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CRH profit dips on COVID-19 disruption, sees Q3 back in line

DUBLIN, Aug 19 (Reuters) - Building supplier CRH expects a return to more normal levels of construction to boost third-quarter earnings close to last year’s, after on Thursday citing COVID-19 disruption for a 2% drop in first-half earnings.

The world’s second-biggest building materials supplier’s $1.59 billion core earnings in its seasonally less significant first half declined from a record $1.61 billion in 2019 following $65 million of one-off costs primarily related to COVID-19-related restructuring.

Based on recent trading, it expects like-for-like sales in the third quarter to be slightly behind the same period in 2019 but earnings to be line, while limited visibility for the fourth quarter precluded it from providing full-year guidance.

“A fairly robust performance in an extraordinary challenging environment, and really good to see improved profitability and margins, even against a backdrop of lower sales,” CRH Chief Executive Albert Manifold told Reuters in a telephone interview.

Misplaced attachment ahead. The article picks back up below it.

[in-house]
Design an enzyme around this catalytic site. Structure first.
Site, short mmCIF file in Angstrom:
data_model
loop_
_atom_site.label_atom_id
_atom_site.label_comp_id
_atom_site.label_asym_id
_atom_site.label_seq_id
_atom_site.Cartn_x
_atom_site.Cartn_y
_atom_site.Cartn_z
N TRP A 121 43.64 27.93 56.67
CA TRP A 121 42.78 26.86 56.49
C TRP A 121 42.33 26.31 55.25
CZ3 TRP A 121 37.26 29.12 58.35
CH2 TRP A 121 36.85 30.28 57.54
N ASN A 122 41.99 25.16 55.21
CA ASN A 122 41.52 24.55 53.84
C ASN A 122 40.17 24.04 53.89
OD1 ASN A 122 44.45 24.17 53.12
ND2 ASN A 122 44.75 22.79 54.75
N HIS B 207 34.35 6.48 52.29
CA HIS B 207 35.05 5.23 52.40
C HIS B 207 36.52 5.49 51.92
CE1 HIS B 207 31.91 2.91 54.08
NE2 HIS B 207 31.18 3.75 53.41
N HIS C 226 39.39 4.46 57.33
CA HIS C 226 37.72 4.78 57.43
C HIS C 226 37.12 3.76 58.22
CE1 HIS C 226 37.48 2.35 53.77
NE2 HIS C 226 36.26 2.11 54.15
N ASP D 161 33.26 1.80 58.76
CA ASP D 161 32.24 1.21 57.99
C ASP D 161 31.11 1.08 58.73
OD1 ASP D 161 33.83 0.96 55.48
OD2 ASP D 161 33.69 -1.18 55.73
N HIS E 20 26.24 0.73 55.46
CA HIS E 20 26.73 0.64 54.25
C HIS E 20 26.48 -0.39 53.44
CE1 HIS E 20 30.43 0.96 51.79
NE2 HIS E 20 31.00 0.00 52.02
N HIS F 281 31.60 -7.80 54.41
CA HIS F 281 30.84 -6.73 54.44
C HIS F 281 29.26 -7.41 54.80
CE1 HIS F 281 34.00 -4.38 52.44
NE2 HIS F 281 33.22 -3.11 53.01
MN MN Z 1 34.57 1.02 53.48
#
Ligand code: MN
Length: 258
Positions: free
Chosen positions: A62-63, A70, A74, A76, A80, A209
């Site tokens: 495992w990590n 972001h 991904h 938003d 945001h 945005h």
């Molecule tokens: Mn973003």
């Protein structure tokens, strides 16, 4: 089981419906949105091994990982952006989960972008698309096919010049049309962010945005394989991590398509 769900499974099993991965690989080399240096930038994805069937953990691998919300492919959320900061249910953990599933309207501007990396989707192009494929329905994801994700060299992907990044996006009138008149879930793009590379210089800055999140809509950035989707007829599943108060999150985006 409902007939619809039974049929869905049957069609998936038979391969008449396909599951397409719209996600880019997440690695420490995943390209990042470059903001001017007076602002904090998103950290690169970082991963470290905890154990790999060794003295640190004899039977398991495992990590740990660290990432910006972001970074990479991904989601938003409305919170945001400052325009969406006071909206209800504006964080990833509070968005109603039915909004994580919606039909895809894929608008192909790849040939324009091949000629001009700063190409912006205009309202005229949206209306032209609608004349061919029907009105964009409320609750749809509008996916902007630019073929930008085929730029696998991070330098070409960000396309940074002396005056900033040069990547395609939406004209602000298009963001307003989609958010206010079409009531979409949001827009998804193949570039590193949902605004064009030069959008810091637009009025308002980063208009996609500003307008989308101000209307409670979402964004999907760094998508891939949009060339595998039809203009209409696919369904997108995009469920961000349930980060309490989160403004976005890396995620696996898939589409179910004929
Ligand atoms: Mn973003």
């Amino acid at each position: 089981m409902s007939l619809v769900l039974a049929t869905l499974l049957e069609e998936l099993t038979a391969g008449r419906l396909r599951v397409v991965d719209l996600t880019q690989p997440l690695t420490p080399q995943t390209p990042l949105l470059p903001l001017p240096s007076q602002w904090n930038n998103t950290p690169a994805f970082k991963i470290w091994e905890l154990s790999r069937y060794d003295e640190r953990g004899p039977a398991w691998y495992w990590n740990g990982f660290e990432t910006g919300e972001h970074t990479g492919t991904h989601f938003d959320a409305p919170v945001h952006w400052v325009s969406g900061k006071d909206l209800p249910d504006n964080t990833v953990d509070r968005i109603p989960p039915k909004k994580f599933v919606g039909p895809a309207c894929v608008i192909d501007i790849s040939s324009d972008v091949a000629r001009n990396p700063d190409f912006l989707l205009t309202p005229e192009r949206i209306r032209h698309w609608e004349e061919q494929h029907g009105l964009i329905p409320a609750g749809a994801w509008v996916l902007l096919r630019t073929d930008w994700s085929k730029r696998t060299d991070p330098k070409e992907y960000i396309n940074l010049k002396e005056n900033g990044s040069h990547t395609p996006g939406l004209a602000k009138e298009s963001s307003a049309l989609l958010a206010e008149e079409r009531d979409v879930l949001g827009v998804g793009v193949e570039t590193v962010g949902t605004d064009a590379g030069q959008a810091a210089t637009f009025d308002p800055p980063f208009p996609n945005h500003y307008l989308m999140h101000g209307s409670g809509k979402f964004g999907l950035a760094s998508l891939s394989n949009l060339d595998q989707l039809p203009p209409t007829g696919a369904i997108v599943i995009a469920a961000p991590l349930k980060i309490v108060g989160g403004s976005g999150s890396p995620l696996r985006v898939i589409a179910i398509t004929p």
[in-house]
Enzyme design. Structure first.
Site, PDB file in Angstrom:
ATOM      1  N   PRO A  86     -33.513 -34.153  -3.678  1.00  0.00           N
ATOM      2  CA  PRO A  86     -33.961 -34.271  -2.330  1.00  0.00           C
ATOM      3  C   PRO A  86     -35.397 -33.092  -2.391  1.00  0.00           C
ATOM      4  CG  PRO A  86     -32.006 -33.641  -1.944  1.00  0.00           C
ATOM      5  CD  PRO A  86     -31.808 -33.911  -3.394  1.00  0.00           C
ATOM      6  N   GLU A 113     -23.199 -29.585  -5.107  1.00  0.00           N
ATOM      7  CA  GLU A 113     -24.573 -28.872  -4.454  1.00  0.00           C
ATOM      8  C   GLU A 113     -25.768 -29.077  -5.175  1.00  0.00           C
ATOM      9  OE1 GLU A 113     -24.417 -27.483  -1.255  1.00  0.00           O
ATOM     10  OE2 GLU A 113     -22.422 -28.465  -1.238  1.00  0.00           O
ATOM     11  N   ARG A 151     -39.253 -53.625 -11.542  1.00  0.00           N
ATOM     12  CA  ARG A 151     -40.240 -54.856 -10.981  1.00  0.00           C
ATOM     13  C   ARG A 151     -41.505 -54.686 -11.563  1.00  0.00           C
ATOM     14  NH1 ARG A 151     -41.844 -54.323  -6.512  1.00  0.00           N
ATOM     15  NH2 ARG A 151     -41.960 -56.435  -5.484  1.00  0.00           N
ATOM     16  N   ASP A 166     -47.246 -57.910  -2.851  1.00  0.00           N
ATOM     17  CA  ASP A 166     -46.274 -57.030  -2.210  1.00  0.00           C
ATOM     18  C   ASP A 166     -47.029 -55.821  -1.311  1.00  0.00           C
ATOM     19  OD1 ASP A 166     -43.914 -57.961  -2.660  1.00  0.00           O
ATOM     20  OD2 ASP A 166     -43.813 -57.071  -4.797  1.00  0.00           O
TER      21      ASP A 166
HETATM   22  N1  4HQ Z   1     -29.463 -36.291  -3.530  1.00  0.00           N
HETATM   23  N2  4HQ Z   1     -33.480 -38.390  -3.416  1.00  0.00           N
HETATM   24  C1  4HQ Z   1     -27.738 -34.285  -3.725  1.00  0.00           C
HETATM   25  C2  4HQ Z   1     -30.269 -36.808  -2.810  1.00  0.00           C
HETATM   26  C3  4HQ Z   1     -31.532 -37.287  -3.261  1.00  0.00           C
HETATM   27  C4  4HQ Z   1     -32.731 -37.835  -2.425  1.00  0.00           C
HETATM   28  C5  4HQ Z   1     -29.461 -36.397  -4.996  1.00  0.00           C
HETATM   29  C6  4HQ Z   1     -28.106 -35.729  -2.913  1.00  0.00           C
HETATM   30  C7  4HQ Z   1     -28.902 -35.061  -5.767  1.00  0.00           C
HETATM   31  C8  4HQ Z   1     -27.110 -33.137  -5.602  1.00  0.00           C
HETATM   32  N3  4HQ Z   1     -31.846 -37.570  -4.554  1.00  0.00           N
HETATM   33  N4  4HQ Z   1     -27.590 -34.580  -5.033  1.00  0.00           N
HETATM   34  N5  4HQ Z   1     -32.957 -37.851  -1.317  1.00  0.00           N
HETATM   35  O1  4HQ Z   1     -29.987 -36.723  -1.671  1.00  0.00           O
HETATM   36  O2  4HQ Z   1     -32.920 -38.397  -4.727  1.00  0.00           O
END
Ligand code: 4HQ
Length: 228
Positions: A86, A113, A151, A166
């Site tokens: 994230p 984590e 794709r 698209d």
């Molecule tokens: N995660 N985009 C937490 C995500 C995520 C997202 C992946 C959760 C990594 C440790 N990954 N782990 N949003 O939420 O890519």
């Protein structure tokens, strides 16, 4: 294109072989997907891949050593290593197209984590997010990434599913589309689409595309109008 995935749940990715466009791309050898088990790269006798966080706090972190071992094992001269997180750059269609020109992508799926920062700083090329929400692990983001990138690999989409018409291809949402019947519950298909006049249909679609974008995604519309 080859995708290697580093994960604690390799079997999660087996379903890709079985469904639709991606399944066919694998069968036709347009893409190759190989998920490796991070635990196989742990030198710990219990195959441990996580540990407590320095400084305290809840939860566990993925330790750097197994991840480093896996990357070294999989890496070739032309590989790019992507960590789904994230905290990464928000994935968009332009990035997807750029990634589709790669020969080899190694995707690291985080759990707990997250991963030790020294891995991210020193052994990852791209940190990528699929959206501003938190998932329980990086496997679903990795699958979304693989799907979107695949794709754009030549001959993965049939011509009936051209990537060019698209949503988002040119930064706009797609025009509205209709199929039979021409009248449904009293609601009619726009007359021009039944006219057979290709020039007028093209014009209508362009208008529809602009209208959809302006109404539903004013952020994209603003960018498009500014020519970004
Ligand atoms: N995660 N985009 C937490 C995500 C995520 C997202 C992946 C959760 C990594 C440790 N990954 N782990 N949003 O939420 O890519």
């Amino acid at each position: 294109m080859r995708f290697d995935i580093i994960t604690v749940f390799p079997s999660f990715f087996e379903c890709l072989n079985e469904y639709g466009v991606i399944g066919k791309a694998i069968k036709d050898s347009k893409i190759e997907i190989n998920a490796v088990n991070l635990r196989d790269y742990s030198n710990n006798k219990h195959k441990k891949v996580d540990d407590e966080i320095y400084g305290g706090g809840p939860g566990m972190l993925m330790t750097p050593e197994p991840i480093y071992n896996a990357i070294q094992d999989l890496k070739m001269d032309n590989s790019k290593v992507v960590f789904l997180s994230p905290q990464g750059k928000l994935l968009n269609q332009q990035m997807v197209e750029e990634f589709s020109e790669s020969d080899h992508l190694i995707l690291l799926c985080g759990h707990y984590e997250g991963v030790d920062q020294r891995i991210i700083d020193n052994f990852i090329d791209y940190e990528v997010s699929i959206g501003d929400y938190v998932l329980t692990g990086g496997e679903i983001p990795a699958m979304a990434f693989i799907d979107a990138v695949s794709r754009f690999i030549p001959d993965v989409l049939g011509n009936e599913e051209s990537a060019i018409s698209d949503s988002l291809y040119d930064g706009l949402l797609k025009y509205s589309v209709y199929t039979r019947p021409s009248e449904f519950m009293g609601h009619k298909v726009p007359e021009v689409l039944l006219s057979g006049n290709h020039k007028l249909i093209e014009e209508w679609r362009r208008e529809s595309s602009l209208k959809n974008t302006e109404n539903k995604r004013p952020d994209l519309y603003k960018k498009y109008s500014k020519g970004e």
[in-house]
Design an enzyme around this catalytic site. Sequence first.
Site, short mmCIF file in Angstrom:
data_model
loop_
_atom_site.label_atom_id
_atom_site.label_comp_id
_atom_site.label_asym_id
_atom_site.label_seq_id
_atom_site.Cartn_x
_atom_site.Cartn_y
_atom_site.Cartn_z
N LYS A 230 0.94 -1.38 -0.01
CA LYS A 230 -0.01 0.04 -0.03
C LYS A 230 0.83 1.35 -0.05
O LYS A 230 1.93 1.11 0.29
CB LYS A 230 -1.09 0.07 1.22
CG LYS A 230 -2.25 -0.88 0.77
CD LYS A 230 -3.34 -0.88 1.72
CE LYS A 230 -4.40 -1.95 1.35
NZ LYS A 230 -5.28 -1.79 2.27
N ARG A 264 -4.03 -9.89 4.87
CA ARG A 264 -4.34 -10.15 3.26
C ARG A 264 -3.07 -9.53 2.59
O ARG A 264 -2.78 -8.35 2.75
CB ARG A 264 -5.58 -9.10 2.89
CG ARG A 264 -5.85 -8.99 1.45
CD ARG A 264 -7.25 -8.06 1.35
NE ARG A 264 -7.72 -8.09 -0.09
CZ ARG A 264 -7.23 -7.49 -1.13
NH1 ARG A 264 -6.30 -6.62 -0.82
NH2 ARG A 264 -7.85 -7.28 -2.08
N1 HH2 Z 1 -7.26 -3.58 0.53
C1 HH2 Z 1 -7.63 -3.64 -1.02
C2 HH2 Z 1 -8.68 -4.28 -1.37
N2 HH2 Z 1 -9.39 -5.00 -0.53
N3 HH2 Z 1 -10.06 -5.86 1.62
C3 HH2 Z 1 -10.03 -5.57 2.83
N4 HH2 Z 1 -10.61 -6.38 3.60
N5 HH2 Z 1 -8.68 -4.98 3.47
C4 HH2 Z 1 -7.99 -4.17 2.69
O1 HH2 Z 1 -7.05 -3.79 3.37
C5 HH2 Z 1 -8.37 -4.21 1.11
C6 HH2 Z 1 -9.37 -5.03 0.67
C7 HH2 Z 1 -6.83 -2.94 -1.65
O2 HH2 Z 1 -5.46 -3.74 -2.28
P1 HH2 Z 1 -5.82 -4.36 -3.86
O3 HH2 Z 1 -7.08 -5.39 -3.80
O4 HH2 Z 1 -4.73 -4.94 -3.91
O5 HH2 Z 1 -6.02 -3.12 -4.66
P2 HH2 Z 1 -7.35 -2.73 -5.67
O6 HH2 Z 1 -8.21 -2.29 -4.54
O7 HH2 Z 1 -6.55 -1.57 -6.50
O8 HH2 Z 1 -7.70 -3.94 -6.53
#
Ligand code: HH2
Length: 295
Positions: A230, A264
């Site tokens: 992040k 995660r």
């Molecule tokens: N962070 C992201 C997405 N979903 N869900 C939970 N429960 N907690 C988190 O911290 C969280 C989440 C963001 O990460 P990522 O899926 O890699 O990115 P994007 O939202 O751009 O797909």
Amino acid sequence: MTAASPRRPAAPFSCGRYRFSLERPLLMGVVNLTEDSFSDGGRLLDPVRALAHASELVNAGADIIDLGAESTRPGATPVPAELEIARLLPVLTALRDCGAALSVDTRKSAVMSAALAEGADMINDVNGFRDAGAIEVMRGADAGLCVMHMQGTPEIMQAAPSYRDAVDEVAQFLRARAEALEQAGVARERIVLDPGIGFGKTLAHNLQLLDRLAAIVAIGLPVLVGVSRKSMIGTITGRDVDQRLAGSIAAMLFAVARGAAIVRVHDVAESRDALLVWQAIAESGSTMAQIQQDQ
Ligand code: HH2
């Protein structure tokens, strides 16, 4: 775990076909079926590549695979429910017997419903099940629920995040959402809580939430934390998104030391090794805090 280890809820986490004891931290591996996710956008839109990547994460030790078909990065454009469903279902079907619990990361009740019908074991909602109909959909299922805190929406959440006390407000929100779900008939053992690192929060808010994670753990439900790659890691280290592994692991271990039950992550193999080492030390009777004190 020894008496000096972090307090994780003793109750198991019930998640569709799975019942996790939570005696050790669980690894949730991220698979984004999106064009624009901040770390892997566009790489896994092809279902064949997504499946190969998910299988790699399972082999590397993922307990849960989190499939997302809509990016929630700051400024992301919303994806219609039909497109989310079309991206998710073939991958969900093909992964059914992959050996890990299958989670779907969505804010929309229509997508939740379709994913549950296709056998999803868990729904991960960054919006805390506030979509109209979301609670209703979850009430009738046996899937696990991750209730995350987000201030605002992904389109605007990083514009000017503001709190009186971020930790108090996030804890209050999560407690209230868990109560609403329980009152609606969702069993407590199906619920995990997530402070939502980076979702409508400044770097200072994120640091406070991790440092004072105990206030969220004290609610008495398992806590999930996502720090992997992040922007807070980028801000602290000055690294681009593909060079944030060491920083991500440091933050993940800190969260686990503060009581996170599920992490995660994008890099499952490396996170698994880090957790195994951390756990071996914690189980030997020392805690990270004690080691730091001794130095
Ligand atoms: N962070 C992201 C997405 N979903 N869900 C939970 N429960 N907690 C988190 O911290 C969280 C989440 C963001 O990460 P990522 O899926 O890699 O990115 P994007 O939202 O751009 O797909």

The Dublin-based company’s shares were 0.3% higher at 33.5 euros by 0715 GMT.

CRH buoyed investors in its last market update in April by pressing ahead with a 15% hike to its 2019 dividend, despite the new coronavirus, and predicting it would benefit from stimulus measures.

First-half sales were down 1% in its Americas materials division, where CRH is the biggest producer of asphalt for highway construction, but 11% lower in its Europe Materials division, reflecting the differing severity of lockdown measures.

Manifold said the Americas businesses were operating in the region of 90-95% of normalised levels, while activity in Western Europe ranged between 80-90% and was unlikely to return to normalised levels this year.

CRH, which embarked on its first share buyback programme in a decade in 2018 and had indicated before the pandemic that the scheme was likely to continue this year, kept it on pause on Thursday.

It maintained its interim dividend at 22 cents per share. (Reporting by Padraic Halpin; Editing by David Goodman and Barbara Lewis)

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